Judge Chris Claro tried to heist Brooklyn once, but couldn't fit it in the getaway vehicle.
They're NOT all in it together.
Audacity is a strong arrow for a filmmaker to have in his quiver. Having the chutzpah to take chances, visually or otherwise, is what put guys like Tarantino on the map. Of course, the nervy stuff a director tries to pull off has to be in service to something, such as the plot. Unfortunately for The Brooklyn Heist, a lot of energy has gone into visually goosing a story that could have used another rewrite.
The script, by relative newcomers Brett Halsey and Julian Mark Kheel, focuses on three different troupes of criminals—two of whom are identified by ethnic epithets—who are out to filch a safe from a foul-mouthed, racist pawnshop owner (Phyllis Somerville, The Curious Case of Benjamin Button). In addition to their obnoxious labels, each band of thieves is filmed in a style particular to it. For example, scenes featuring The Amateurs, the team led by Fitz (Danny Masterson, That '70s Show), is shot with film grain and scratches throughout the frame to suggest a low-budget '70s caper flick. The Sputniks, self-described "Arab Slavs," are shown in cold black and white, emulating expressionistic foreign films. And the gang of rappers following Ronald (Leon, Cool Runnings) is depicted in hyper-colorful music video style.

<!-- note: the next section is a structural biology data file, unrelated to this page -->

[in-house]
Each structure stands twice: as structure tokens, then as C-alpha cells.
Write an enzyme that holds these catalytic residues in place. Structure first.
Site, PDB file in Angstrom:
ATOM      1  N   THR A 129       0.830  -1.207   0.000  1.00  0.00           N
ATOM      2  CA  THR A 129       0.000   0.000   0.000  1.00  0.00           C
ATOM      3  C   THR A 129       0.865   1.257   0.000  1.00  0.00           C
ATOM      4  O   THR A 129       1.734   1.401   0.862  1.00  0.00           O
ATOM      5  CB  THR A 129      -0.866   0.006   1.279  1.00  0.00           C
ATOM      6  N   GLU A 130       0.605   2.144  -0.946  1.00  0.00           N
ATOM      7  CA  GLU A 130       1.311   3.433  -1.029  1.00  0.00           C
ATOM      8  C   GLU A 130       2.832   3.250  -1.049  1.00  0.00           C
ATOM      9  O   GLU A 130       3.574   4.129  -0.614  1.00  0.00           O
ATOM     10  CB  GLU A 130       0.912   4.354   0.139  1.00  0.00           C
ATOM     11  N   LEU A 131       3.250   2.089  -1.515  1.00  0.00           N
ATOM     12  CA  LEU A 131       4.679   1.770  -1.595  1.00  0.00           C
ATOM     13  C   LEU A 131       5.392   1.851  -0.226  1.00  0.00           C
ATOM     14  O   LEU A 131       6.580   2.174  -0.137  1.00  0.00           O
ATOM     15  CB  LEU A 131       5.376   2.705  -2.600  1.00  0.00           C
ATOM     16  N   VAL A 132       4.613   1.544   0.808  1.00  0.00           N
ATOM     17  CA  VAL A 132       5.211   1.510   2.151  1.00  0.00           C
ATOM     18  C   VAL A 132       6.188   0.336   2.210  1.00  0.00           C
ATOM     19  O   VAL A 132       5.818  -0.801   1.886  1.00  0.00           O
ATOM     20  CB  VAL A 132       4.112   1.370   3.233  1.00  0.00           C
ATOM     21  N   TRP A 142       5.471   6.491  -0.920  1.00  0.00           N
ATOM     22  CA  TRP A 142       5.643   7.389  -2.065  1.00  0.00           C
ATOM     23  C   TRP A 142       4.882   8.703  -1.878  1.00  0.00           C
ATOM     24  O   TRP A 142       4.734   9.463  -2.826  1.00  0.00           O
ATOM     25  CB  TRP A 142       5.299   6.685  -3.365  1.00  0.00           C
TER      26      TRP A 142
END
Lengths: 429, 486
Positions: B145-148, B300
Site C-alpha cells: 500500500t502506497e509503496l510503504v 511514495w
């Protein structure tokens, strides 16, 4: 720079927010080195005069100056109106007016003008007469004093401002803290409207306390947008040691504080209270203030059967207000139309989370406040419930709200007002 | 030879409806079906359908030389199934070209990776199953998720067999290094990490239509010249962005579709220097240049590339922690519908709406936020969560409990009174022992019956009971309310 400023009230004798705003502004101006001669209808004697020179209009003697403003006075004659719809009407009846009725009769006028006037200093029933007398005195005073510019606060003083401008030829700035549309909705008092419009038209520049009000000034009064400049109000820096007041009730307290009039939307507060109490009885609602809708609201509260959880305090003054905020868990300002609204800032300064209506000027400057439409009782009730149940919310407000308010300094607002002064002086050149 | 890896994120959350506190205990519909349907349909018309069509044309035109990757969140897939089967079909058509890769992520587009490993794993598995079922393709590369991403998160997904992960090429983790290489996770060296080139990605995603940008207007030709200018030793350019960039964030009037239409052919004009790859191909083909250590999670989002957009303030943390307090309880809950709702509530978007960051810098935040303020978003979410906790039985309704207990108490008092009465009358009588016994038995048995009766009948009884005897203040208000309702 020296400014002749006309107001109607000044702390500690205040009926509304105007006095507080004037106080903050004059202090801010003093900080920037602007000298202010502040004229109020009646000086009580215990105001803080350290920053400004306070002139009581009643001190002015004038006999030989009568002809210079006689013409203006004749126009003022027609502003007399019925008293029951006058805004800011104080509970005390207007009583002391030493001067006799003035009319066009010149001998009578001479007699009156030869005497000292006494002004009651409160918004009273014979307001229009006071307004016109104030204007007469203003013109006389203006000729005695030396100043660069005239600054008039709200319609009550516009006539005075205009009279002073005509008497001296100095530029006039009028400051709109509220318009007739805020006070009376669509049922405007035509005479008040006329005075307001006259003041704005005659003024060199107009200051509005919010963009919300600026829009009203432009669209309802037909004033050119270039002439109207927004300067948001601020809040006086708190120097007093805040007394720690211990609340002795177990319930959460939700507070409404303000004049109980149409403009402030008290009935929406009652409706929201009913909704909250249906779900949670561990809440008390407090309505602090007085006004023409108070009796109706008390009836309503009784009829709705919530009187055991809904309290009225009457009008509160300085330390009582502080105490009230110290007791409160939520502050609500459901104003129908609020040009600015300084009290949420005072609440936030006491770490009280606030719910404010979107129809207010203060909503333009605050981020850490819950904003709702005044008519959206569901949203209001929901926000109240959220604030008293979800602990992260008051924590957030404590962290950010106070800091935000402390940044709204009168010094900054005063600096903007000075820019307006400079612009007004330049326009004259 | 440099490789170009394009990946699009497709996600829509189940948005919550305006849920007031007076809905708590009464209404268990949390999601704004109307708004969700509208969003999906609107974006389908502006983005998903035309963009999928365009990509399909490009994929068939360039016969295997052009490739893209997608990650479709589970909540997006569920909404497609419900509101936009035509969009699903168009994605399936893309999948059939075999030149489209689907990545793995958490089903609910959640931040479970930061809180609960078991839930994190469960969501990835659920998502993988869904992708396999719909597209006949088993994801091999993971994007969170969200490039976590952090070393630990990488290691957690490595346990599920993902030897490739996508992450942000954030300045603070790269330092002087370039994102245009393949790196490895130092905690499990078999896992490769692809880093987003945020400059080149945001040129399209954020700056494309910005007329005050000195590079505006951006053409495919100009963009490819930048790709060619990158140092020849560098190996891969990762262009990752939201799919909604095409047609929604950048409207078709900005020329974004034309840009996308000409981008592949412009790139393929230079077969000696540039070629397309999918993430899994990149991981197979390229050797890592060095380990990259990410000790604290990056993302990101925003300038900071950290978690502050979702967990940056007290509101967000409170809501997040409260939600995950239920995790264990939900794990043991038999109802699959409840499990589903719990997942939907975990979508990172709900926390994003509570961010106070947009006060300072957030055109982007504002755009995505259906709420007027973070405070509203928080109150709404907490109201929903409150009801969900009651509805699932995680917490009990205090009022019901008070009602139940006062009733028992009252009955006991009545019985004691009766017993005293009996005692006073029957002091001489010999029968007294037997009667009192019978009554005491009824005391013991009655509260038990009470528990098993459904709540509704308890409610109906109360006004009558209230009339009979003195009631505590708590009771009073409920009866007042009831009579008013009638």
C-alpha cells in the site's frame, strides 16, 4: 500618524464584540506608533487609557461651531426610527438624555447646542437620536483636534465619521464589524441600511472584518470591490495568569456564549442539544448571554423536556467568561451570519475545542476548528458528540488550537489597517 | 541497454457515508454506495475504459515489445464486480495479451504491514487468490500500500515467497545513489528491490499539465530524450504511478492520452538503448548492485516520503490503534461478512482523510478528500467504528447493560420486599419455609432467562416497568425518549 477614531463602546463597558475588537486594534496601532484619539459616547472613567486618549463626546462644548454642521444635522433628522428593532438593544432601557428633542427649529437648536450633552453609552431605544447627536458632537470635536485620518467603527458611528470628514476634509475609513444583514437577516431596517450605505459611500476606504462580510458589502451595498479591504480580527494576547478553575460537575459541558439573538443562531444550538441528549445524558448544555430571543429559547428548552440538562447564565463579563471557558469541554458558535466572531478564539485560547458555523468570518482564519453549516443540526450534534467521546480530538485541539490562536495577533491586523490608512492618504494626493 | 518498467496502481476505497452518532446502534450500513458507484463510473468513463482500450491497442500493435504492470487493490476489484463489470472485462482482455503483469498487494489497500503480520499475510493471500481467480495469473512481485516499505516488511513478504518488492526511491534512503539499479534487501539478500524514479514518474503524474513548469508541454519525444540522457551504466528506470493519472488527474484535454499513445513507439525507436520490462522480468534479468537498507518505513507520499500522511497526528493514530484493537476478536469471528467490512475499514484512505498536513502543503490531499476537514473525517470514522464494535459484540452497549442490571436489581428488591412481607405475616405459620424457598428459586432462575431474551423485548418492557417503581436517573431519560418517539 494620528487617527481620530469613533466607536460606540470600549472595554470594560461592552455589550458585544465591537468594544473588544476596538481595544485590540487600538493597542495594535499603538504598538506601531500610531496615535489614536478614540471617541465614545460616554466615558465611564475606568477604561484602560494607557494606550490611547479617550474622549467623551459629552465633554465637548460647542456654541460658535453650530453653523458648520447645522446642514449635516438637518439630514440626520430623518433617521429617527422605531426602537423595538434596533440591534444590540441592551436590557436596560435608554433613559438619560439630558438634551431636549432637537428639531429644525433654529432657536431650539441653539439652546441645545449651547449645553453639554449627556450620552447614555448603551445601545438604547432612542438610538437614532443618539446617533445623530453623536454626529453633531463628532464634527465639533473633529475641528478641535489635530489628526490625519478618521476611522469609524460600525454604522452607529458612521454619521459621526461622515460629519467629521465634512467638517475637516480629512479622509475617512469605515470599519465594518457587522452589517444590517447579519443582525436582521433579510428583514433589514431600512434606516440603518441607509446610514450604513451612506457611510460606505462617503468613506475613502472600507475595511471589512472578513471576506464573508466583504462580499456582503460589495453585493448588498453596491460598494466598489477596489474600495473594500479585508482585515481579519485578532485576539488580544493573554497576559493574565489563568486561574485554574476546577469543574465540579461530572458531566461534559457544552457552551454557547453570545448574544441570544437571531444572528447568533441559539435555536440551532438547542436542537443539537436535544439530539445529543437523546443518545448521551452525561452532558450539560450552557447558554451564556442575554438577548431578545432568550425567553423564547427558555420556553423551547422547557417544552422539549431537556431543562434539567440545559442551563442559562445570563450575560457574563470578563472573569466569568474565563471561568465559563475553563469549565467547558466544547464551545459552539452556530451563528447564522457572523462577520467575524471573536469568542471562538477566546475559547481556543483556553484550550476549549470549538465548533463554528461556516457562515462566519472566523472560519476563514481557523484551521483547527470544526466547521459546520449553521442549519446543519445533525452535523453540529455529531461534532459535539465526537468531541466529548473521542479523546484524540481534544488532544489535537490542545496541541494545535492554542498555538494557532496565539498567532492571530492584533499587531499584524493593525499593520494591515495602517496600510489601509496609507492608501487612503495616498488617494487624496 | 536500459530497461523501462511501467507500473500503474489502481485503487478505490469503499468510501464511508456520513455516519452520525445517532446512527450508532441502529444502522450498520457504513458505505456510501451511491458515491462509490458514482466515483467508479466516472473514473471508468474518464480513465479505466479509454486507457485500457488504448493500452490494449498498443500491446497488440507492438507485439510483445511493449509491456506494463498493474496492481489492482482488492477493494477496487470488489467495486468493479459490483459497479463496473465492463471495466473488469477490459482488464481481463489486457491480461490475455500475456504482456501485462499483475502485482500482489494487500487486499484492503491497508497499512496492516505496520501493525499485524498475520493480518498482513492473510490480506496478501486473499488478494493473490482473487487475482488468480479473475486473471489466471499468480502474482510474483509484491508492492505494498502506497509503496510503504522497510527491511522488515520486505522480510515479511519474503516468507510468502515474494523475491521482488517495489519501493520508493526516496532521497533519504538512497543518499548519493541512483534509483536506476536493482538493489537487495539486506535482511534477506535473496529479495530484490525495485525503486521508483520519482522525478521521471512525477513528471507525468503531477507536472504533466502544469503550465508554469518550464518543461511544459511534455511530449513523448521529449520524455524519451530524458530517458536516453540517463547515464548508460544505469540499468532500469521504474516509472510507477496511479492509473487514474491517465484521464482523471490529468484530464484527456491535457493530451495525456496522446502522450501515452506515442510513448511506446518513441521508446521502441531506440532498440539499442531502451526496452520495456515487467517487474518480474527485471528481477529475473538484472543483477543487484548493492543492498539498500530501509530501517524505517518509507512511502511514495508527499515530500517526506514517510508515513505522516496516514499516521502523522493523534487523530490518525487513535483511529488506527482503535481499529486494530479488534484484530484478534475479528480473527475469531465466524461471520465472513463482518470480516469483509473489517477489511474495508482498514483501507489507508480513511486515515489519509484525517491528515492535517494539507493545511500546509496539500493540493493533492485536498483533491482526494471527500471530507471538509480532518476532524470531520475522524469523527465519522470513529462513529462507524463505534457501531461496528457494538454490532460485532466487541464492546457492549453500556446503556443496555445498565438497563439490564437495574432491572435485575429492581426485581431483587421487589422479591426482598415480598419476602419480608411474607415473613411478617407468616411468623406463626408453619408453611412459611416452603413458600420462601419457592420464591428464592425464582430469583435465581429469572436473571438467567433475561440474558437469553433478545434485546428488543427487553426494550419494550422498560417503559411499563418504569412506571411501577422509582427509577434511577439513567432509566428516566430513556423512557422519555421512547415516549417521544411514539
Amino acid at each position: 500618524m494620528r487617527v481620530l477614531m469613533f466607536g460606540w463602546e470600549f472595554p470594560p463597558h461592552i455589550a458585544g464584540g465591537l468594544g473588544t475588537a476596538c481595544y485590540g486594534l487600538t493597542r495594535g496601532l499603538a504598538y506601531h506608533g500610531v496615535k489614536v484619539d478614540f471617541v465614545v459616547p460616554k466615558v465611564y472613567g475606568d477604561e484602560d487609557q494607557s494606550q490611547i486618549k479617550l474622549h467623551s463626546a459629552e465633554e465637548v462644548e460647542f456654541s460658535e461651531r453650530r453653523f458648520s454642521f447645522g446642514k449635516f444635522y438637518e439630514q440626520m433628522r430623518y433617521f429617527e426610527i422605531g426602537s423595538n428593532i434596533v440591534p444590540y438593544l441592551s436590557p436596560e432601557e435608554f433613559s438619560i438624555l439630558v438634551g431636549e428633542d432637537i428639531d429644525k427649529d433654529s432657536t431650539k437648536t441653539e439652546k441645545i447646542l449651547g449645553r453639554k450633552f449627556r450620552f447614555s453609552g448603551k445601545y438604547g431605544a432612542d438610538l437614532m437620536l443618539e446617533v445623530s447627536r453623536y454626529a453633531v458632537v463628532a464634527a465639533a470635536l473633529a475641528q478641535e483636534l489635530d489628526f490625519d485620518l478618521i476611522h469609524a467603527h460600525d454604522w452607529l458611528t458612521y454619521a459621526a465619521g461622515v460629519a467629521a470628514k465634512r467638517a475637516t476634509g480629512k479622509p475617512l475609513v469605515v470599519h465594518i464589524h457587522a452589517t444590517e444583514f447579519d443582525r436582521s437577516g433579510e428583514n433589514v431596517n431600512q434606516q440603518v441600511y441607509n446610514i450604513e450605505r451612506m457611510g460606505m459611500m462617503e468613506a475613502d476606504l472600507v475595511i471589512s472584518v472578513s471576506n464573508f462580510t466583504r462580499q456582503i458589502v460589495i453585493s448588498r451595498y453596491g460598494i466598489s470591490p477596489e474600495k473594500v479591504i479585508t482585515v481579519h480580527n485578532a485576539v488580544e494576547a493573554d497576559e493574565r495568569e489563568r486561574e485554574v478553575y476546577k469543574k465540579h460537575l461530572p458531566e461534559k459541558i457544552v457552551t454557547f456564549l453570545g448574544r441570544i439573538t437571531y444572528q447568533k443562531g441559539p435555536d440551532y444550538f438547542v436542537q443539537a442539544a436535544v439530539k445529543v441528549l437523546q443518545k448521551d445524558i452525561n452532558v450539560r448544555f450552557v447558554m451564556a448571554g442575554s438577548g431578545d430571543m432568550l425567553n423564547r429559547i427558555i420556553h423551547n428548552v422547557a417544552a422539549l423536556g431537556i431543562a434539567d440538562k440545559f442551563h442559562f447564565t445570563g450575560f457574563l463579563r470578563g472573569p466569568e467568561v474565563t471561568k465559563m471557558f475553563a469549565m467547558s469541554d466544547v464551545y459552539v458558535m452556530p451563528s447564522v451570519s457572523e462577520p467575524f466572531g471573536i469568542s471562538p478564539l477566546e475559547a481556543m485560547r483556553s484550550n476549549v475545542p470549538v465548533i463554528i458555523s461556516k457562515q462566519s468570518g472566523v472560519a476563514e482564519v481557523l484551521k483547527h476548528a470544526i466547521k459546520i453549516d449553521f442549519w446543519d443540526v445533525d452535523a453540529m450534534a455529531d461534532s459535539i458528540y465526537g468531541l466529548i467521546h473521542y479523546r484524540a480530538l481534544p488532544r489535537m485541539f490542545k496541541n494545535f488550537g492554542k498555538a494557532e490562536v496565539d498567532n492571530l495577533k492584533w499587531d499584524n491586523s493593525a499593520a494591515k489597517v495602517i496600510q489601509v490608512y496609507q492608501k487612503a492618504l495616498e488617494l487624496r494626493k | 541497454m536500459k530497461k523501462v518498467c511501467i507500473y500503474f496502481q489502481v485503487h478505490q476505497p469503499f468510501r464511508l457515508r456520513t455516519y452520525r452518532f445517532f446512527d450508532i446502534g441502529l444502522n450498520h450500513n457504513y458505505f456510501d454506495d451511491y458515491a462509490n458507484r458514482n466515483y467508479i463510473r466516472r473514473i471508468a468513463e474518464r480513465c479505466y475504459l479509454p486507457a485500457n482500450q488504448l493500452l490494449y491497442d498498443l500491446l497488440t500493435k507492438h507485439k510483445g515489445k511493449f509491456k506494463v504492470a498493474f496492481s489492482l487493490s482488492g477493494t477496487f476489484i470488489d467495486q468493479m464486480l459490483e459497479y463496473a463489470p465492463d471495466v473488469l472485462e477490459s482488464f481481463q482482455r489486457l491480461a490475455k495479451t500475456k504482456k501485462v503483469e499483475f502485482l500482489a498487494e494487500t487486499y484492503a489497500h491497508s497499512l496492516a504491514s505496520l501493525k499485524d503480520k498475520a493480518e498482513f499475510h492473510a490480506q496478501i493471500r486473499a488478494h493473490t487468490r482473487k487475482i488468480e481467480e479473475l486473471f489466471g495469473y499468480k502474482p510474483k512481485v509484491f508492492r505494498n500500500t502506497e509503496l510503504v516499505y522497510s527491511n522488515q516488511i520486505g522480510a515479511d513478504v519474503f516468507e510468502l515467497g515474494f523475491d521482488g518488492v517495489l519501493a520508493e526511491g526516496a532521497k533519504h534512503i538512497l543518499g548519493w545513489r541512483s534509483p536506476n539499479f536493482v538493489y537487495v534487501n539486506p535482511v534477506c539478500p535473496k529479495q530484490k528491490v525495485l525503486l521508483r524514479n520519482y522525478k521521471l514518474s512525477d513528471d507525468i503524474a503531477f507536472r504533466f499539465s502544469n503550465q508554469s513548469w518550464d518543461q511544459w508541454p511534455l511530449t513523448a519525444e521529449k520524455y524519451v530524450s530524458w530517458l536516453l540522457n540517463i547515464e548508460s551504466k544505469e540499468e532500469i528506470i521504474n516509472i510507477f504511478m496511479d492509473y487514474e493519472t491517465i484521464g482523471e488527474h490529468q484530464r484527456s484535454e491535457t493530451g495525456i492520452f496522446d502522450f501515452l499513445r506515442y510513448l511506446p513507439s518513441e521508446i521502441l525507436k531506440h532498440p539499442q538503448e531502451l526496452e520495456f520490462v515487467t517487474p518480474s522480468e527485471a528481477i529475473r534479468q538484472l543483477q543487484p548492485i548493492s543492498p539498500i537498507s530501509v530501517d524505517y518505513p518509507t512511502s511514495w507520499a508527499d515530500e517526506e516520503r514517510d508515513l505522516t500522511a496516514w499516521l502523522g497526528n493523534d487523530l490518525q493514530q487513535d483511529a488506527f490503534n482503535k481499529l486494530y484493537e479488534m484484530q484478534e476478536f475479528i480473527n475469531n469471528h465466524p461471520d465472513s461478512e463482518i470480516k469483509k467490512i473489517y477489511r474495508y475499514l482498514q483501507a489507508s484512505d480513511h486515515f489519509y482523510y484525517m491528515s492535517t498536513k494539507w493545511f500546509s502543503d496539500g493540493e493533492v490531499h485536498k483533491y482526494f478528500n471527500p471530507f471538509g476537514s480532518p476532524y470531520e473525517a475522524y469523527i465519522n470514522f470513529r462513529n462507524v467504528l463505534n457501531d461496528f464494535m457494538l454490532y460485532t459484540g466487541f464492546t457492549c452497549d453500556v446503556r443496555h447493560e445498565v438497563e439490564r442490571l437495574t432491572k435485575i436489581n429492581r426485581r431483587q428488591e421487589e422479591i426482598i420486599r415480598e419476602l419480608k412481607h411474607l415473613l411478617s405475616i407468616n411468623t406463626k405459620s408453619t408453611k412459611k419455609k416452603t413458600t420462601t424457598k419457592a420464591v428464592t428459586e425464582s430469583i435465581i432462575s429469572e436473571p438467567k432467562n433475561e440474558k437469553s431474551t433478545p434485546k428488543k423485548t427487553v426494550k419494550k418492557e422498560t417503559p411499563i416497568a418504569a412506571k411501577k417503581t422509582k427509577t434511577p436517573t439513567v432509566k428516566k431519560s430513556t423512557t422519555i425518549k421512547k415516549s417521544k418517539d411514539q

But for all of director Kheel's genre jumping, The Brooklyn Heist is a sputtering non-starter centered on an overlong setup that leads to an underwhelming heist. While the spirited animation of the opening credits accompanied by David Poe's 70s-crime drama music seems to promise a high-energy romp, the makers of The Brooklyn Heist appear to have been more enamored of their stylistic hopscotching than telling a compelling, coherent story.
Despite the lackluster script and unsatisfying denouement, Kheel is to be commended on at least trying something different. The takeoffs on the various film styles are well-realized—including one that is only used for a scene or two, emulating the look of '70s chopsocky flicks. To its credit, distributor Image has included on the DVD a bonus feature comparing the look of the original camera master of the film to the various effects Kheel applied to the final version, offering a peek inside the filmmaker's process. For such a presumably low-budget offering, Image's widescreen transfer is excellent, boasting both vibrant colors and sharp monochrome, with very little grain apparent. The film's audio is equally professional, with a clean balance of dialogue and music, whether it's hip-hop, traditional Russian, or '70s porn wah-wah.
While the filmmakers deserve an A for trying something different, ultimately
The Brooklyn Heist is a disappointment, a twist-free caper more about
style than substance. Guilty.
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Scales of Justice
Studio: Image Entertainment
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